How to make the most of your new Apple Watch

Eufemia Didonato

During the setup, you’ll be asked to turn on things like SOS and automatic watchOS updates, and it’s a good idea to enable both. SOS allows you to quickly make a call to local emergency responders by holding down the watch’s crown until you hear an alert and see a […]

During the setup, you’ll be asked to turn on things like SOS and automatic watchOS updates, and it’s a good idea to enable both. SOS allows you to quickly make a call to local emergency responders by holding down the watch’s crown until you hear an alert and see a countdown. If your Watch isn’t a cellular model, just remember that your phone has to be close by to make calls from your wrist.

You can also activate Fall Detection which will get in touch with emergency services and preset contacts for you when it’s detected you’ve fallen. Don’t worry, you’ll have the option to confirm before such a call is made, but like the SOS feature, it’s better to have everything set up ahead of time instead of hunting for them when an emergency happens.

Apple Watch Series 6


Health and fitness settings

Having automatic updates on will make sure you have the latest features and security fixes. With the newest version of watchOS, for example, you’ll get access to Apple’s new Fitness+ video service. You’ll get a free three-month trial with your Watch, and the programs are worth checking out especially if you’re a beginner. The workouts are easy, the instructors are friendly and the Apple Watch integration is excellent. 

One of the best things about the Apple Watch (and smartwatches in general) is their ability to keep tabs on our health and activity. During the setup process, you’ll be prompted to choose your Activity goals. At this stage, it’s fine to use what Apple recommends, like 30 minutes of exercise every day and a Stand goal of 10 hours (or Roll goal, for users in wheelchairs). You’ll most likely tweak these over time as you start to understand your body and preferences better. To adjust these settings, swipe all the way to the bottom of your Summary page in the Fitness app on your watch and select “Change goals.”

If you need extra motivation to close your rings, you can also enable reminders to get up and move when you’ve been idle too long. Even better, add a few friends (if they’re fellow Apple users) to send and receive alerts when someone completes a workout. This adds a dash of competitiveness, a touch of guilt and opens up the possibility of bragging rights. If that’s not appealing though you can simply disable these things.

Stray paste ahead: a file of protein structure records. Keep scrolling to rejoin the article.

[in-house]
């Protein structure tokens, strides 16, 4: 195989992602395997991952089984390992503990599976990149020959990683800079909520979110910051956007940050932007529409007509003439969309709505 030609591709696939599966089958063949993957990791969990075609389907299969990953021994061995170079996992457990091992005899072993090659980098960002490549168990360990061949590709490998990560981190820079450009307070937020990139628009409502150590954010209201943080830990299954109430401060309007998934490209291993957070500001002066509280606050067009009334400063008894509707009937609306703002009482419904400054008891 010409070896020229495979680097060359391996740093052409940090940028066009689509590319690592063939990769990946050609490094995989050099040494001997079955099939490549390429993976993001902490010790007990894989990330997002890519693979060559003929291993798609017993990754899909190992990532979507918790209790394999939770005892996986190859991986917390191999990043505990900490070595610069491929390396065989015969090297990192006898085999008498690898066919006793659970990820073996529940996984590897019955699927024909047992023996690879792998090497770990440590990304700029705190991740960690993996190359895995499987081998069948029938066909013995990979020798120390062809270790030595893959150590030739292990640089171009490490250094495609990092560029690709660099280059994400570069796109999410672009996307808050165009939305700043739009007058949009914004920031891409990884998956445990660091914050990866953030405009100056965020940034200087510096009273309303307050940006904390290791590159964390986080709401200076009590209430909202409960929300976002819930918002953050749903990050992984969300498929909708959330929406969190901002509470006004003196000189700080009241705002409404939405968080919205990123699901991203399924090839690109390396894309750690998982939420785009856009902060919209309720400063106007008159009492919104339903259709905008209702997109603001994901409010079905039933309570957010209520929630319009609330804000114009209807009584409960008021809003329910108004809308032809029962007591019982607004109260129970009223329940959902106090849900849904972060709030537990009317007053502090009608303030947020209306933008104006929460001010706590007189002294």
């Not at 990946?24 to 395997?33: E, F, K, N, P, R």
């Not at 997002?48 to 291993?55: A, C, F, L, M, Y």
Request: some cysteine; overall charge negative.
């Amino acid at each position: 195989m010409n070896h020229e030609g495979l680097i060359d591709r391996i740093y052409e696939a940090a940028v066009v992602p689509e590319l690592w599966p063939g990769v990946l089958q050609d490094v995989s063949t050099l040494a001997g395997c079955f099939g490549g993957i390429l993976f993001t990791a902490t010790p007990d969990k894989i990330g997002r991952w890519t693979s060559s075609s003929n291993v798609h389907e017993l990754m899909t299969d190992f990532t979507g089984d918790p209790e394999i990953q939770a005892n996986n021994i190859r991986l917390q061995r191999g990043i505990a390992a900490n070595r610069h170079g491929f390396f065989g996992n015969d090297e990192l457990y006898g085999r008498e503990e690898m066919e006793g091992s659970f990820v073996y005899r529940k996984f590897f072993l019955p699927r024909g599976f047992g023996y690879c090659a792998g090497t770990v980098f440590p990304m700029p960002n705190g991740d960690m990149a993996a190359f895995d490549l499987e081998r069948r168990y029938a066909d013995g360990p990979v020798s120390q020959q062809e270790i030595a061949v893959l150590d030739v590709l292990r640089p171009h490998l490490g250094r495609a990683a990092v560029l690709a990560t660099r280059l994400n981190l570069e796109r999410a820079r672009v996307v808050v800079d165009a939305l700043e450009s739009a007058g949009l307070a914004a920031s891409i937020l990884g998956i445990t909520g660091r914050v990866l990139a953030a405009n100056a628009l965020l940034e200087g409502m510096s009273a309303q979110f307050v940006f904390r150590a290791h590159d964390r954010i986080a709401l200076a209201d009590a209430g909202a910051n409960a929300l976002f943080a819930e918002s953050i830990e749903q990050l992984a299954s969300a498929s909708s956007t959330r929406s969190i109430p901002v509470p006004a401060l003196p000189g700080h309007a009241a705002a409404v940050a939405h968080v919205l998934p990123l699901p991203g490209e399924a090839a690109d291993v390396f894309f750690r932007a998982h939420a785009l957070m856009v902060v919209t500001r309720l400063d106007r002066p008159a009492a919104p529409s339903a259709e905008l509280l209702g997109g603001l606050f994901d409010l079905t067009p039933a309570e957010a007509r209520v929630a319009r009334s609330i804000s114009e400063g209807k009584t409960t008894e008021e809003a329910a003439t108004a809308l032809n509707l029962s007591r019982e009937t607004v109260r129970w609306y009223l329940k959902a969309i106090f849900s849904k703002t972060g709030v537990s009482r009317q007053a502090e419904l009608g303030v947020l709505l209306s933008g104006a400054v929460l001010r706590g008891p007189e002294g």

Apple Watch Series 6

Valentina Palladino / Engadget

For those who exercise a lot, turning on Start/End Workout reminders can help ensure your sessions are logged by suggesting you start or end a workout when the Watch detects changes in your heart rate and movement. It’s a bit of a workaround, instead of proper automatic exercise detection, but it can still help keep you accountable. Enable these reminders by going to the Workout section in the Watch app on your phone. You can also get suggestions to launch guided breathing sessions throughout the day to help ground you. 

Another important component of your wellbeing is the amount of sleep you’re getting. With watchOS 7, Apple added sleep-tracking to its wearables to help you understand your slumber. While other devices like Fitbits and Samsung watches do a better job of automatically detecting when you’ve fallen asleep and analyzing what sleep zone you’re in, the Apple Watch can still help you understand your sleep patterns. 

Make sure you set a bedtime and wake time, as well as target sleep duration. If you’re not going to get enough hours before your morning alarm Apple will suggest you go down a little earlier. It’s important to have your sleep schedule set up because, at least during our testing, it appears as if the Watch uses this info to detect when you’ve gone to bed. The automatic sleep detection isn’t the most sophisticated at this time, but having prompts to go to bed can be helpful. 

You can also enable a vibrating alarm (by turning on Silent mode) if you sleep with a partner or are hard of hearing. If you prefer to remove your watch when you go to sleep, enabling Nightstand mode (Watch app > General > Nightstand Mode) will turn the device into a bedside clock. It’ll dim its screen for the most part, but if you need to see the time, you just have to nudge the device (or even your table) a little and the display will wake.

Finally, one more way the Watch can help you keep healthy is by ensuring you’re following recommended guidelines for washing your hands. Turning on the Handwashing timer will launch a 15-second countdown each time the Watch thinks you’ve been cleaning your hands for 5 seconds. It’s not always useful, since sometimes you’re just getting some dirt off and don’t need to be sudsing for 20 seconds, but it’s not too intrusive and is helpful when you’ve been out and about.

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